11 MANAGING FOOD ALLERGIES Shared responsibility among schools, students, families, and healthcare providers Avoidance of food allergens Being prepared in case of a reaction
12 Student’s Safety Healthcare Providers Physicians, Nurses, Allied Health Professionals School Administrator Nurse Food Service Faculty Others Families including students Communication / Education The Partnership Communication / Education
13 AVOIDANCE OF KNOWN FOOD ALLERGENS Eight (8) foods cause ninety (90) percent of the food allergic reactions in the United States: MilkPeanuts EggsTree Nuts WheatFish SoyShellfish
15 Comprehensive Policy Guidance: Management of Life-Threatening Food Allergies in Schools
SAFE AT SCHOOL AND READY TO LEARN: 10 POLICY COMPONENTS 1.Identification of students with food allergies and provision of school health services 2.Individual written management plans 3.Medication protocols: storage, access, and administration 4.Healthy school environments: comprehensive and coordinated approach 5.Communication and confidentiality 6.Emergency response 7.Professional development and training for school personnel 8.Awareness education for students 9.Awareness education and resources for parents/caregivers 10.Monitoring and evaluation 16
17 IDENTIFICATION OF STUDENTS WITH FOOD ALLERGIES AND PROVISION OF SCHOOL HEALTH SERVICES Identify students with food allergies Provisions of appropriate school health services, including medication administration Follow state and federal privacy and confidentiality laws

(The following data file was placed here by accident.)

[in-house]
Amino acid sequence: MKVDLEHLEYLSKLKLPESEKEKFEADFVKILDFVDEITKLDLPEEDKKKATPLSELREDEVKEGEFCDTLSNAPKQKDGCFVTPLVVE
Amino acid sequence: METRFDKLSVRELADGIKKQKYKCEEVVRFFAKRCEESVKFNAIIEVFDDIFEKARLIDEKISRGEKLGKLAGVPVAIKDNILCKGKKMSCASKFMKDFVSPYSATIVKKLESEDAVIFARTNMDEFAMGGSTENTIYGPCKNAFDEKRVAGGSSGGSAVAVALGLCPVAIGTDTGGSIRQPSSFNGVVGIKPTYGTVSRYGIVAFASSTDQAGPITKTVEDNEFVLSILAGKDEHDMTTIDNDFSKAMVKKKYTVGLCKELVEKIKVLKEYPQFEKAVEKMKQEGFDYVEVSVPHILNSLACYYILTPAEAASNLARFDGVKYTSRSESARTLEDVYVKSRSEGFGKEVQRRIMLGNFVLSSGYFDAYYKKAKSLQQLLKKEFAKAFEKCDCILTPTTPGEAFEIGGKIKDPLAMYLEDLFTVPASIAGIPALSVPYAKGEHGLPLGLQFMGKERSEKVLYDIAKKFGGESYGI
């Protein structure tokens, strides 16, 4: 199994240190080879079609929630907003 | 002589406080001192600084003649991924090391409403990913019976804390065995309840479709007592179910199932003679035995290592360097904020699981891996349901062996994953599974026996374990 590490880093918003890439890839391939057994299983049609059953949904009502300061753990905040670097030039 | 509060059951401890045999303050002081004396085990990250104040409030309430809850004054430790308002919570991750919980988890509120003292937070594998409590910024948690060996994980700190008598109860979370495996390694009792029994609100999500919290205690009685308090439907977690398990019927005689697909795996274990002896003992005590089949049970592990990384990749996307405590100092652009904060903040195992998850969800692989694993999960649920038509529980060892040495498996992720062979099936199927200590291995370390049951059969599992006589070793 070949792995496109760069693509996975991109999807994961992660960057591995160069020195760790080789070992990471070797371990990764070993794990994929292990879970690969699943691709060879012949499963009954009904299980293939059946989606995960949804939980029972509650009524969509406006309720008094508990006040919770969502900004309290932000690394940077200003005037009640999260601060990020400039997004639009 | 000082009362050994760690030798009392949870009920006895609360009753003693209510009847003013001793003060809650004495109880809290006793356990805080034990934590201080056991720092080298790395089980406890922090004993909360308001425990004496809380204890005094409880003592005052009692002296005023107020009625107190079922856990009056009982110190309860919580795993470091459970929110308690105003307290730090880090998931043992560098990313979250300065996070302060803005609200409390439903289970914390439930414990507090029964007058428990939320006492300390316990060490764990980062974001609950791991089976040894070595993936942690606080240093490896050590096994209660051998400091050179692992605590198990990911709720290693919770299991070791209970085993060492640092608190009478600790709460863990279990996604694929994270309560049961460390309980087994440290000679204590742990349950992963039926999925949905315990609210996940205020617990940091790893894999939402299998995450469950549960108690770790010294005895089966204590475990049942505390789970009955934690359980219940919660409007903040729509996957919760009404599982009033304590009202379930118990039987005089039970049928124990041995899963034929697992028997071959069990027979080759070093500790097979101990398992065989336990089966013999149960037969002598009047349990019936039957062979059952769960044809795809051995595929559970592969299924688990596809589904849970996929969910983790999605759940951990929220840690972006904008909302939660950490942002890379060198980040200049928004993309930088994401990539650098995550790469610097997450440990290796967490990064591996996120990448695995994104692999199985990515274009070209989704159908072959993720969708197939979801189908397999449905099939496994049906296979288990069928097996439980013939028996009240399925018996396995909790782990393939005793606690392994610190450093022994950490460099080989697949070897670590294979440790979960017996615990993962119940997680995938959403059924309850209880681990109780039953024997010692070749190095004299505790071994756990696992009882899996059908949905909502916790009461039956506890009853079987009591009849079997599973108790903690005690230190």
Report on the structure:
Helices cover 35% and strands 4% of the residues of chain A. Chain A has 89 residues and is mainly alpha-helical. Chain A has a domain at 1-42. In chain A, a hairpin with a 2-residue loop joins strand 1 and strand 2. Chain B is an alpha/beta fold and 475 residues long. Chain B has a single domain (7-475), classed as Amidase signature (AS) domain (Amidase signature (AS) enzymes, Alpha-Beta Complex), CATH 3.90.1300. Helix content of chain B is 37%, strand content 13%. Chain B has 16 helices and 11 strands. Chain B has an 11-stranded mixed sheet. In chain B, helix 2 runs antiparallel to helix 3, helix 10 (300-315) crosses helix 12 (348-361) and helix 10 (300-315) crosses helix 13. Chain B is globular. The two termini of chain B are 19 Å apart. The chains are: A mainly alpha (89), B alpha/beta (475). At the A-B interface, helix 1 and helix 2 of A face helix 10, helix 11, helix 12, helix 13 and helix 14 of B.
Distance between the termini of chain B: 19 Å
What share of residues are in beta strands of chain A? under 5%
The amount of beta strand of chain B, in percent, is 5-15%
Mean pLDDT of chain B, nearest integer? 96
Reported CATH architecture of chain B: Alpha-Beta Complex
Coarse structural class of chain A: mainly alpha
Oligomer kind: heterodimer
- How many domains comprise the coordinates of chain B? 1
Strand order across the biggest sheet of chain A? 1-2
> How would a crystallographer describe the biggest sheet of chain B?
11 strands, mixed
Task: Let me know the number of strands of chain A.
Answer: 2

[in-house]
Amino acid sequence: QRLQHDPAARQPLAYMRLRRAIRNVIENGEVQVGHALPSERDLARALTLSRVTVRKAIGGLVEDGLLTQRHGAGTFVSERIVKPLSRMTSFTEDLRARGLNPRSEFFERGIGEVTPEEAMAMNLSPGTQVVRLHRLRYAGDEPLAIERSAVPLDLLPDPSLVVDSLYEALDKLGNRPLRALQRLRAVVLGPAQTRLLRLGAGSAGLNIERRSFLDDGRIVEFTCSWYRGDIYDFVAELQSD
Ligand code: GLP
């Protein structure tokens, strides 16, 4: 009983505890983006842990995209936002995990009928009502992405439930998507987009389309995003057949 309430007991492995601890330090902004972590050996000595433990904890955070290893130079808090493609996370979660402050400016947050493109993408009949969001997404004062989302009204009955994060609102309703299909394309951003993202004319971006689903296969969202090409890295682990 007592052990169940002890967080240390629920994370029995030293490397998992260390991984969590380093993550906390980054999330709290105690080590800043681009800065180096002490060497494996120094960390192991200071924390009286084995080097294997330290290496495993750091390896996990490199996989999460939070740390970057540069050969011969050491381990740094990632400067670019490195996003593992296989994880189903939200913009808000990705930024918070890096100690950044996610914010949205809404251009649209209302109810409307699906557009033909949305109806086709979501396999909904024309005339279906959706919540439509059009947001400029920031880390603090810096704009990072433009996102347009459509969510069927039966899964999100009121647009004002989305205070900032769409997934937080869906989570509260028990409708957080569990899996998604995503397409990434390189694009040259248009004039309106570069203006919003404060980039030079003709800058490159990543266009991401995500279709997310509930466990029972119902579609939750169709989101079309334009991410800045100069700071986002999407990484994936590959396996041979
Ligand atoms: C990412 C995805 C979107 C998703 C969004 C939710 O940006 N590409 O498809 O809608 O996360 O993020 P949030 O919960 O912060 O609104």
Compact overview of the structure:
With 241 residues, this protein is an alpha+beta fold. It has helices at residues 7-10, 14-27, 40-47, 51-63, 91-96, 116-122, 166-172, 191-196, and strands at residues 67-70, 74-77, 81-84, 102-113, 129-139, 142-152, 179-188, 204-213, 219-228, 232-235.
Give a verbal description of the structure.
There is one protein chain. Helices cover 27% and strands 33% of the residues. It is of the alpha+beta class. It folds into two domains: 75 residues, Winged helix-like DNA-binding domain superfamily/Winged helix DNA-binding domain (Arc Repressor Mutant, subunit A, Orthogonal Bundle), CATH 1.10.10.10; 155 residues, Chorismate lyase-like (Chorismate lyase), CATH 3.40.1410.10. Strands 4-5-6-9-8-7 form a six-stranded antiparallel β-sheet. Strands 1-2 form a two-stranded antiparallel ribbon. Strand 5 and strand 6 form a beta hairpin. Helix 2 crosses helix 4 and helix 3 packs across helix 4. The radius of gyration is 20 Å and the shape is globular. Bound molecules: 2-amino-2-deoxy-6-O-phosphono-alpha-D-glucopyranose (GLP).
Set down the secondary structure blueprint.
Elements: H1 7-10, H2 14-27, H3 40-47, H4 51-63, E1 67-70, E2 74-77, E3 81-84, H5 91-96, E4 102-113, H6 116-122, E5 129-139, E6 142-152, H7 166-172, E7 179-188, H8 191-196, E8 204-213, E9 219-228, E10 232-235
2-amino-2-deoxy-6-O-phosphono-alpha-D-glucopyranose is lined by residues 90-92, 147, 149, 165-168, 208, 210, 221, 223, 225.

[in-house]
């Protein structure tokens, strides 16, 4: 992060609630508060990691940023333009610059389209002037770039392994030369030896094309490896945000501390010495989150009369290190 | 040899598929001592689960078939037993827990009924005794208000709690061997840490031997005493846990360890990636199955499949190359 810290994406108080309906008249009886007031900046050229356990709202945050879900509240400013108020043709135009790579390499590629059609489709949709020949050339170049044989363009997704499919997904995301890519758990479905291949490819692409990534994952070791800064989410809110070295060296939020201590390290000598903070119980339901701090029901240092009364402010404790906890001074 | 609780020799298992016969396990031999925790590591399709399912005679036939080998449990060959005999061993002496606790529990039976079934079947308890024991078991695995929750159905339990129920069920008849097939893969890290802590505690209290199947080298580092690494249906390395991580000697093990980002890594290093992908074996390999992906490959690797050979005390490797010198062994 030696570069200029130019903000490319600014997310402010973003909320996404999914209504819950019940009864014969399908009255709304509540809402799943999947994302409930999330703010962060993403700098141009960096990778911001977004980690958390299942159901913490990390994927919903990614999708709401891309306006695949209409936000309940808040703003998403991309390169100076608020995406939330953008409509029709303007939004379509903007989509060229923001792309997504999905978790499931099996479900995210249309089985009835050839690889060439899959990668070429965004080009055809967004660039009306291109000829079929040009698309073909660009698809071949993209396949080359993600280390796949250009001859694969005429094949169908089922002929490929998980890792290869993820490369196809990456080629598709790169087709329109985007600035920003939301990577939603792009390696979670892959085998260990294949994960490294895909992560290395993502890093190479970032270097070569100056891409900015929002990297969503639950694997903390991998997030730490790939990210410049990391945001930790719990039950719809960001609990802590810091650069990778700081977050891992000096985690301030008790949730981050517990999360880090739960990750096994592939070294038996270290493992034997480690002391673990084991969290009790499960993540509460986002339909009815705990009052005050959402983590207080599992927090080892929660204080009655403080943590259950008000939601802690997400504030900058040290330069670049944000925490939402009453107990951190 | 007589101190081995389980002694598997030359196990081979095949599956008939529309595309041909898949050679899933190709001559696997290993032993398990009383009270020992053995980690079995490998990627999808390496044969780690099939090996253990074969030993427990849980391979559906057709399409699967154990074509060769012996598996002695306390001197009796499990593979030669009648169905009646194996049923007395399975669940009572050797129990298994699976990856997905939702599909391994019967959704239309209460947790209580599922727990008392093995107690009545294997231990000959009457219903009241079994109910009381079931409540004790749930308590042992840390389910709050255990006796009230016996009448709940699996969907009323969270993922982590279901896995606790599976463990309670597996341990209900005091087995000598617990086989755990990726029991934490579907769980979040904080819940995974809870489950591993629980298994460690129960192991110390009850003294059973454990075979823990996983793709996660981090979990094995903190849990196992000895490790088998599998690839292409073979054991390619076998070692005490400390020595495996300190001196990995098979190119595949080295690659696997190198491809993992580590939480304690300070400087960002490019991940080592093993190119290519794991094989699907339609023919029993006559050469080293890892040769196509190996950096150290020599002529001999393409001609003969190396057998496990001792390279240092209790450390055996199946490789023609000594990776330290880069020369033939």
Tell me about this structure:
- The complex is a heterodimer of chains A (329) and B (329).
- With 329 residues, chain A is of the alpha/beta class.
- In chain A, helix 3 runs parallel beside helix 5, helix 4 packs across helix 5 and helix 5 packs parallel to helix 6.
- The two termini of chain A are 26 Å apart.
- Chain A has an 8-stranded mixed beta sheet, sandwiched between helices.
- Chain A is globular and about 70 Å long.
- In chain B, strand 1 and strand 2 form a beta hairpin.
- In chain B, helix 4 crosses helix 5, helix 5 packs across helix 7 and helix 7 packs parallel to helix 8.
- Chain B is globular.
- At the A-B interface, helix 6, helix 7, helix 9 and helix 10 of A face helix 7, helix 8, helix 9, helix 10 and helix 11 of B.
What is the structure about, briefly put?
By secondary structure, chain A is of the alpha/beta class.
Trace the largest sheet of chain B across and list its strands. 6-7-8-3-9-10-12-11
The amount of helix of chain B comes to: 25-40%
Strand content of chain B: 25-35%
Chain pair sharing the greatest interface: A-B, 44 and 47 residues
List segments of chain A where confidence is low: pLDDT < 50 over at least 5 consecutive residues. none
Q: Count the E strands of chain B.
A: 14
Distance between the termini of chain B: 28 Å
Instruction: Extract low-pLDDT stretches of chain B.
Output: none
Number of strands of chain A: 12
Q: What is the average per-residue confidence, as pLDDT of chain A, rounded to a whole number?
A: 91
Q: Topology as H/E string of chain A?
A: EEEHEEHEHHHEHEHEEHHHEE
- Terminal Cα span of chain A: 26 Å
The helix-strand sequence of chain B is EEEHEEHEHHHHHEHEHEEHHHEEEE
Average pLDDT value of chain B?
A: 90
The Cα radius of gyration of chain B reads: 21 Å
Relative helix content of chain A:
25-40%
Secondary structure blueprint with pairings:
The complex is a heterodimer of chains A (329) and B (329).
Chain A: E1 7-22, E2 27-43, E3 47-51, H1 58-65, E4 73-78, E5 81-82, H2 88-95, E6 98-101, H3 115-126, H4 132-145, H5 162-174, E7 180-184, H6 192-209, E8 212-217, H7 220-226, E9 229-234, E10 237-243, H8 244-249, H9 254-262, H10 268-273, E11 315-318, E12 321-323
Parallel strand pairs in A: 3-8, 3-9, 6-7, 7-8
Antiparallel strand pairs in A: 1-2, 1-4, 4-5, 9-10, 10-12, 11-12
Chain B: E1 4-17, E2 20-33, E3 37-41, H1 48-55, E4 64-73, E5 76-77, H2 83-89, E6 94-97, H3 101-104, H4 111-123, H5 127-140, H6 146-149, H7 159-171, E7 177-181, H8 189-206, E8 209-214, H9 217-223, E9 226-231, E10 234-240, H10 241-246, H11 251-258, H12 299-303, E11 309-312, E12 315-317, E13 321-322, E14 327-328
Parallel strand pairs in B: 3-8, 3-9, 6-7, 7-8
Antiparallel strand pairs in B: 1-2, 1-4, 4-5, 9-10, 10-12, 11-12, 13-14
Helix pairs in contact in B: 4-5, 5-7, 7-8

18 INDIVIDUAL WRITTEN MANAGEMENT PLANS Individual Healthcare Plan (IHP or IHCP) Emergency Care Plan (ECP) Develop in collaboration with others
20 MEDICATION PROTOCOLS: STORAGE, ACCESS, AND ADMINISTRATION Allow for quick access Protect the safety of students and the medications Follow state laws for storage, access, and administration of medication
21 HEALTHY SCHOOL ENVIRONMENTS: COMPREHENSIVE AND COORDINATED APPROACH Create a plan to manage food allergy across the school system Classrooms Cafeteria Buses Field Trips Before/after school programs School sponsored events
22 COMMUNICATION AND CONFIDENTIALITY Comply with state and federal privacy and confidentiality laws and accommodate parent requests, as feasible Develop plans with the intent to inform all personnel involved in the care of a student and increase and enhance awareness of life- threatening food allergies
23 EMERGENCY RESPONSE Food allergy as part of an “all-hazards approach” Written emergency procedures for dealing with a life-threatening food allergy reaction - Assure rapid accessibility to epinephrine to prevent a delayed response Roles and responsibilities
24 PROFESSIONAL DEVELOPMENT AND TRAINING FOR SCHOOL PERSONNEL Check for compliance with policies and procedures Provide annual training: District/school policies, procedures, and plans for managing students with chronic health conditions Basic information such as signs, symptoms, and risks associated with food allergy and anaphylaxis Strategies that reduce the risk of exposure to identified allergens throughout the school day